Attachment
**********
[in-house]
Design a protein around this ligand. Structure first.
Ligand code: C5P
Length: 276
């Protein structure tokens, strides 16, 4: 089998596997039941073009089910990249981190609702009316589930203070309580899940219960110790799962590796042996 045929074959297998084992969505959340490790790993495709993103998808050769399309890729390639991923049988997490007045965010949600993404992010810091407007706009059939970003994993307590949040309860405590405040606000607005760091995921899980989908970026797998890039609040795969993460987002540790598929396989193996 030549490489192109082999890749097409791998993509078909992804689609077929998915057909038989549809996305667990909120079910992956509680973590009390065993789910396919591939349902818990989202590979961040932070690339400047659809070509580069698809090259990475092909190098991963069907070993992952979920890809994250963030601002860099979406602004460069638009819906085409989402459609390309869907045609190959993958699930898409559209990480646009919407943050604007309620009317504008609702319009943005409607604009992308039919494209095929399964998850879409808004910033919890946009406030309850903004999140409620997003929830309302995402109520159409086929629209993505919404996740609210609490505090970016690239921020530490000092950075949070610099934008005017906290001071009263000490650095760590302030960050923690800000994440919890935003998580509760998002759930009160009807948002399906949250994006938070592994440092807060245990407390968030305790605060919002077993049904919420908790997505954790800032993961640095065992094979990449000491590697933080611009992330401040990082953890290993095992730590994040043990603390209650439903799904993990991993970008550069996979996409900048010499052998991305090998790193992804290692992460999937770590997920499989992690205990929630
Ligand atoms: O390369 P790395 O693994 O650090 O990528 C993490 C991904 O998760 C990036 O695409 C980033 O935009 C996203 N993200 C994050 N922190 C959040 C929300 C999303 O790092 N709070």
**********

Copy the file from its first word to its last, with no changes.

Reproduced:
[in-house]
Design a protein around this ligand. Structure first.
Ligand code: C5P
Length: 276
């Protein structure tokens, strides 16, 4: 089998596997039941073009089910990249981190609702009316589930203070309580899940219960110790799962590796042996 045929074959297998084992969505959340490790790993495709993103998808050769399309890729390639991923049988997490007045965010949600993404992010810091407007706009059939970003994993307590949040309860405590405040606000607005760091995921899980989908970026797998890039609040795969993460987002540790598929396989193996 030549490489192109082999890749097409791998993509078909992804689609077929998915057909038989549809996305667990909120079910992956509680973590009390065993789910396919591939349902818990989202590979961040932070690339400047659809070509580069698809090259990475092909190098991963069907070993992952979920890809994250963030601002860099979406602004460069638009819906085409989402459609390309869907045609190959993958699930898409559209990480646009919407943050604007309620009317504008609702319009943005409607604009992308039919494209095929399964998850879409808004910033919890946009406030309850903004999140409620997003929830309302995402109520159409086929629209993505919404996740609210609490505090970016690239921020530490000092950075949070610099934008005017906290001071009263000490650095760590302030960050923690800000994440919890935003998580509760998002759930009160009807948002399906949250994006938070592994440092807060245990407390968030305790605060919002077993049904919420908790997505954790800032993961640095065992094979990449000491590697933080611009992330401040990082953890290993095992730590994040043990603390209650439903799904993990991993970008550069996979996409900048010499052998991305090998790193992804290692992460999937770590997920499989992690205990929630
Ligand atoms: O390369 P790395 O693994 O650090 O990528 C993490 C991904 O998760 C990036 O695409 C980033 O935009 C996203 N993200 C994050 N922190 C959040 C929300 C999303 O790092 N709070």